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Who Will Pay for Long-Term Care in the UK? Projections Linking Macro- and Micro-Simulation Models

Listed author(s):
  • Ruth Hancock
  • Adelina Comas-Herrera
  • Raphael Wittenberg
  • Linda Pickard

The long-term care funding system continues to attract much debate in the UK. We produce projections of state and private long-term care expenditure and analyse the distributional impact of state-financed care, through innovative linking of macro- and micro-simulation models. Variant assumptions about life expectancy, dependency and care costs are examined and the impact of universal state-financed (‘free’) personal care, based on need but not ability to pay, is investigated. We find that future long-term care expenditure is subject to considerable uncertainty and is particularly sensitive to assumed future trends in real input costs. On a central set of assumptions, free personal care would, by 2051, increase public spending on long-term care from 1.1 per cent of GDP to 1.3 per cent, or more if it generated an increase in demand. Among the care-home population aged 85 or over, the immediate beneficiaries of free personal care would be those with relatively high incomes.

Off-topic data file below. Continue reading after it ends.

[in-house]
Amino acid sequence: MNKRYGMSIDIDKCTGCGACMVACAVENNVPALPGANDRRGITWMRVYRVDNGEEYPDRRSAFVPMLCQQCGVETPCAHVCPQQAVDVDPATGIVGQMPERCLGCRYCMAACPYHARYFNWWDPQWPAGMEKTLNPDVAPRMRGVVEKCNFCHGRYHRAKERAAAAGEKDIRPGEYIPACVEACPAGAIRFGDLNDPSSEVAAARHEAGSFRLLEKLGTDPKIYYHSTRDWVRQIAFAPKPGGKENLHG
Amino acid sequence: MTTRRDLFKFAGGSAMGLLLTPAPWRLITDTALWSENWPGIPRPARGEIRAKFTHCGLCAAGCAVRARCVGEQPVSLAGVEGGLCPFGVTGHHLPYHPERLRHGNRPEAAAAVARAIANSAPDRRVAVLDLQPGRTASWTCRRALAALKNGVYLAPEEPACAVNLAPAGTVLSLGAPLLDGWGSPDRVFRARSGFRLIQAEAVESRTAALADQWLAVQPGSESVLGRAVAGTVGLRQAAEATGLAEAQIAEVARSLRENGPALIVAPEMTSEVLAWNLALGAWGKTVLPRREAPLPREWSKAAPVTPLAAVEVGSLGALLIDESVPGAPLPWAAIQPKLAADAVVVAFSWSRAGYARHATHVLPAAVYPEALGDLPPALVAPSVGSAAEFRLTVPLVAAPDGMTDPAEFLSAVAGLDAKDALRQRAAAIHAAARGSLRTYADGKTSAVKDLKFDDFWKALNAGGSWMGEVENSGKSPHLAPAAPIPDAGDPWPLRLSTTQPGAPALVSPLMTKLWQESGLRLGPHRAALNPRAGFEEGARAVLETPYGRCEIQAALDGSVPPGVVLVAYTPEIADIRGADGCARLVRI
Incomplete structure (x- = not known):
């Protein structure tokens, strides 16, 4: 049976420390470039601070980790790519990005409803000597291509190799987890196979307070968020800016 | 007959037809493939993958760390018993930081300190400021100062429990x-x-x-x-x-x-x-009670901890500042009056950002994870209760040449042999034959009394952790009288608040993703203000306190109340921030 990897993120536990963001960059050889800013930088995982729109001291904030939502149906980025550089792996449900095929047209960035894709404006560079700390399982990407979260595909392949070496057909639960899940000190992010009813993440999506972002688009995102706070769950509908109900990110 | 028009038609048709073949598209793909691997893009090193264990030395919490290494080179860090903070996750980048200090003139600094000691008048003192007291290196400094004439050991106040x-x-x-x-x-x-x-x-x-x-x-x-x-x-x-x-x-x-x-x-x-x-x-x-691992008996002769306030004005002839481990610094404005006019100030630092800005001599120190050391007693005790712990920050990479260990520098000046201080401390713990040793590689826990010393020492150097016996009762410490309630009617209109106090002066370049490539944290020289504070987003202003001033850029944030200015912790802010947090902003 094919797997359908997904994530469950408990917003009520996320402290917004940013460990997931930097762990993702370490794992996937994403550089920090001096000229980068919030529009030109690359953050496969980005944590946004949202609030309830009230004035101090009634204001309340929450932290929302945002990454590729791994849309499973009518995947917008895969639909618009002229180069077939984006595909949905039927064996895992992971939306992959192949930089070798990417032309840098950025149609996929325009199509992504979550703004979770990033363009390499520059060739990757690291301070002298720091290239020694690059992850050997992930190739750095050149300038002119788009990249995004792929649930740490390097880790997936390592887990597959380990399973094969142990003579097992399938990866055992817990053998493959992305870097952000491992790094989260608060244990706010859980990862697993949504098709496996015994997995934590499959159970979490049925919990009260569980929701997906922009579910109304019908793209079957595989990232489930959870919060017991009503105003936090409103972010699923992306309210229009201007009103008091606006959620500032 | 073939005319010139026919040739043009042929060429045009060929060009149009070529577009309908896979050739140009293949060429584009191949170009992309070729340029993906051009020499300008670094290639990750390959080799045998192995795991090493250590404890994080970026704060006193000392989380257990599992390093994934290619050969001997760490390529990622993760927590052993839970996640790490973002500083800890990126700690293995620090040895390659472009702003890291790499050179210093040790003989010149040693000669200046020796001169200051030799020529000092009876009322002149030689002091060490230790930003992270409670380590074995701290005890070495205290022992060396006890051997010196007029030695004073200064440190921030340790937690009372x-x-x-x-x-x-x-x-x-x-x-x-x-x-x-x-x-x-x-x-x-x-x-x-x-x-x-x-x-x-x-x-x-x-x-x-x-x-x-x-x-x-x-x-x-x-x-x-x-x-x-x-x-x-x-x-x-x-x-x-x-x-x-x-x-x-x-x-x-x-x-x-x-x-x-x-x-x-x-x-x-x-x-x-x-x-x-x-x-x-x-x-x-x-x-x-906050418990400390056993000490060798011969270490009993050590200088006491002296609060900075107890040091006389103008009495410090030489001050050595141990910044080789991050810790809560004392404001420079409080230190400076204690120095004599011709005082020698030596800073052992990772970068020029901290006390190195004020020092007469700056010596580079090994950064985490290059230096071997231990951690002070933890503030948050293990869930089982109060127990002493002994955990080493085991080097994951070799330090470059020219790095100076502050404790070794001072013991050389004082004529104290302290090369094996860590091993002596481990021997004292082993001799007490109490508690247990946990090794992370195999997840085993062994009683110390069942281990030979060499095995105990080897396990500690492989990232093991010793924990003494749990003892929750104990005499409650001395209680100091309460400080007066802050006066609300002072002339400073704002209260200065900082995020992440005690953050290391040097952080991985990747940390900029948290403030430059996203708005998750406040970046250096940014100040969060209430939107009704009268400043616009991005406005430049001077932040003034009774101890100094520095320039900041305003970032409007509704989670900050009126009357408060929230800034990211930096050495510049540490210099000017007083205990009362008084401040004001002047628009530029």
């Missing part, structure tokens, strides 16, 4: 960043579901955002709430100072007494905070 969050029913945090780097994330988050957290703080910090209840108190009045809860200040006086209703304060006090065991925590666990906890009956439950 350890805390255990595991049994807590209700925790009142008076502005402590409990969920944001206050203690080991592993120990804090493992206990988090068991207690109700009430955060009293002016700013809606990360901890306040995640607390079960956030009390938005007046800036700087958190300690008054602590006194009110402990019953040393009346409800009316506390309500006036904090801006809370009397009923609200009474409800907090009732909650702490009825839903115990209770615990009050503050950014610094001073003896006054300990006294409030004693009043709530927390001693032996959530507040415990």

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Article provided by Institute for Fiscal Studies in its journal Fiscal Studies.

Volume (Year): 24 (2003)
Issue (Month): 4 (December)
Pages: 387-426

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Handle: RePEc:ifs:fistud:v:24:y:2003:i:4:p:387-426
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